Feeney: “British administration making fools of us all”

Brian Feeney asks: When is an Assembly, not an Assembly?He’s angry, but mostly with the local politicians for playing along with the farce:

Do they not know that the British administration here is making fools out of them all?

Do they not understand that the corrupt hand of the administration is surely tainting them all?

What did Sinn Féin members think they were doing, solemnly intoning that there was a need for ‘security to be reviewed’, even after they knew a complete nutter with a gammy leg had got caught in the revolving doors with an imitation pistol? Do they not recognise a pantomime when they see one?

Or is it because they are being drawn into the performance that they have started to take the proceedings up there seriously and play the part allotted to them?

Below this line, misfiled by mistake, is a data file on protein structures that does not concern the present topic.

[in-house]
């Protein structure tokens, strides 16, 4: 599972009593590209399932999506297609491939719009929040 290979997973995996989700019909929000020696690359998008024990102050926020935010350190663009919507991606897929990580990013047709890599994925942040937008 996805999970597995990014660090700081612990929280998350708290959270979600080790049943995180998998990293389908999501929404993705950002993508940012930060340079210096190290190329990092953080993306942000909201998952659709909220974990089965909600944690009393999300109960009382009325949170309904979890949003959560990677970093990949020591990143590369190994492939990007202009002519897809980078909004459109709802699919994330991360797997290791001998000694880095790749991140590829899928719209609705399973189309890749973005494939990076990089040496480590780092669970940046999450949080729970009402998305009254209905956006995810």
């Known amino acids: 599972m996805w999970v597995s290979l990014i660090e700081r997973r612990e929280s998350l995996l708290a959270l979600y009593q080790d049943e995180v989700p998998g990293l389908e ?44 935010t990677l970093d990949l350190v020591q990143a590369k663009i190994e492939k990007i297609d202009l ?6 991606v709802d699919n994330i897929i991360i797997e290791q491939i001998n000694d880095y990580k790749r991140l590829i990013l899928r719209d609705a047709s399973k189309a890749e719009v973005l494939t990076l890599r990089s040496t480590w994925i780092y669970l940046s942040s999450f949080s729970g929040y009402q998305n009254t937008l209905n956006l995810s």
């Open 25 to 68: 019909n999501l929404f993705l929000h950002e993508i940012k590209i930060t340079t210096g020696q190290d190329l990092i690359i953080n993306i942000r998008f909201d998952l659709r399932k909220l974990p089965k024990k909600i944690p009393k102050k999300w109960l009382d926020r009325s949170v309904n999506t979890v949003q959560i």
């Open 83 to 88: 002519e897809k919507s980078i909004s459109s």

All a very sound realist reading. But it’s also a bit unfair on Empey, Durkan and particularly David Ford, whose speech was truncated what may turn out to be an eerily portentous moment: “If the prime minister and secretary of state had any integrity, they would close this place.”

He reckons though, that the cost will inevitably paid by unionism rather than nationalism, just as it was under Trimble:

It is quite clear now that if Paisley agrees before an election to share power with Sinn Féin the party will split.

Indeed it is more than likely that the party will face into an election looking remarkably like Trimble’s UUP – some candidates prepared to share power in principle, others prepared to share power if SF jump through certain hoops, yet others opposed to the concept of sharing power at all.

Paisley can gloss it all he likes but when 12 assembly members and MPs – more than a third of his assembly party – sign a document opposed to signing up to power-sharing next March he can’t override them.

Though Allister’s subtle shifting of the DUP’s terms last night would suggest that outcome is less likely than it must have seemed at the beginning of the week.

Mick is founding editor of Slugger. He has written papers on the impacts of the Internet on politics and the wider media and is a regular guest and speaking events across Ireland, the UK and Europe. Twitter: @MickFealty